Marine biologist, ocean educator and pioneer of blue whale research within the Northern Indian Ocean, Asha de Vos has been a point of pride for Sri Lanka on numerous occasions. Her latest feat is one for our small island-nation as much as it is for herself. Asha became the first Sri Lankan woman to have her portrait hung at Oxford’s Lincoln College 15th Century Hall, and this is her story.
Completing her undergraduate studies in marine and environmental studies at Scotland, Asha de Vos moved to New Zealand where she spent time volunteering for research projects. Living in a tent with the help of a headlight, she spent her nights working on her application for an MSc at the University of Oxford. Many arduous days and nights of drafting, printing and saving her work on a floppy disc later, she was finally able to send off her application. A couple of months after, she was called in for an interview, at the end of which she overcame with disappointment and was left in tears, even though she had presented her work to a panel consisting of mostly men asking questions. However, things turned around for Asha when her passion and deep desire to learn of topics she was then unsure of was recognised. It landed her a spot in the university, and thus began her journey as a graduate in integrative bio-sciences.
Celebrating 40 years of admitting women into Lincoln College Oxford, the university will put up portraits of 20 female alumnae in its 15th Century Hall. Resilient, driven and spirited Asha de Vos is one of the chosen 20 out of the many outstanding women who have been a part of the institution for over 4 decades. That’s not all, Asha de Vos is the first Sri Lankan woman to have her portrait anywhere in the University, as mentioned on her Facebook post.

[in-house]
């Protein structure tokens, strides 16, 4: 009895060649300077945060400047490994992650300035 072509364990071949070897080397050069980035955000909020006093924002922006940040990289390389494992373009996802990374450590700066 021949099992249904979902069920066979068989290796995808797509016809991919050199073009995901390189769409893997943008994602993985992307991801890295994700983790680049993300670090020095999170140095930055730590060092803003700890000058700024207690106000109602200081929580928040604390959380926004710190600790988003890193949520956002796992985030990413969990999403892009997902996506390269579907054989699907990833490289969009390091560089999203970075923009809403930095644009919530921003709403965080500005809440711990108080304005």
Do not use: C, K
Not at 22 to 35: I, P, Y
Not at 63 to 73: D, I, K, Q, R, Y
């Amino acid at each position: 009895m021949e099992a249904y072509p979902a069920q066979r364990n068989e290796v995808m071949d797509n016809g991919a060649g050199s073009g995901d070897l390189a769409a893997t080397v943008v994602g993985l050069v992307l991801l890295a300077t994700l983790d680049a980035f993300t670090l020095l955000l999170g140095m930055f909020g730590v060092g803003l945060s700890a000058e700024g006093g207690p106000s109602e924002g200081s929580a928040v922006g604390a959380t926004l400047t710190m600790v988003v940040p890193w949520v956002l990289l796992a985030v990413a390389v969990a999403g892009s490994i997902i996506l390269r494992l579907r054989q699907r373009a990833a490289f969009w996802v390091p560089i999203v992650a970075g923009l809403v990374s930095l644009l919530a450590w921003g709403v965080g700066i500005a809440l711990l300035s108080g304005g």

What’s noteworthy is that although Asha de Vos only spent a year at Oxford, it is her extensive commitment and work across-board that paved the way for this prestigious recognition. She has degrees from the University of St. Andrews, University of Oxford and the University of Western Australia but escaped academia to establish her own Sri Lankan grown non-profit, Oceanswell. Oceanswell, Sri Lanka’s first marine conservation research and education organisation is home to the well-known ‘Sri Lankan Blue Whale Project’ the first long-term study on blue whales in the region. Asha’s work has led to many key research publications, that are used to inform policy at the local and global level. Her work has also been showcased internationally by Channel 7 Australia, the BBC, the New York Times, CNN, WIRED UK, the New Scientist, TED, Grist, GOOD, Nature and National Geographic. Asha is the first and only Sri Lankan to have a PhD in Marine Mammal research, the first Pew Fellow in Marine Conservation from Sri Lanka and also the first National Geographic Explorer from her small island-nation. Asha is also a TED Senior fellow, an Ocean Conservation Fellow at the New England Aquarium, a Duke Global Fellow in Marine Conservation, and a World Economic Forum Young Global Leader. In 2018 Asha was recognised with a prestigious WingsWorldQuest Woman of Discovery at Sea award, was a global winner for the UK Alumni Awards in the Professional Achievement category that recognises alumni whose work has created change in their chosen profession, a Woman in Management Inspirational Woman of the Year Award, an Ada Derana Sri Lankan of the Year Emerging Global Scientist Award, named one of Asia’s sustainability superwomen, listed on the BBC 100 Women 2018 list of most inspiring and influential women from around the world and named Lanka Monthly Digest’s Sri Lankan of the Year. In 2019 Asha was named one of 12 Women Changemakers by the Parliament of Sri Lanka. Asha’s work aims to change the current marine conservation model, protect this unique population of blue whales and inspire the next generation of diverse ocean heroes, making her one of the most inspirational women of our time.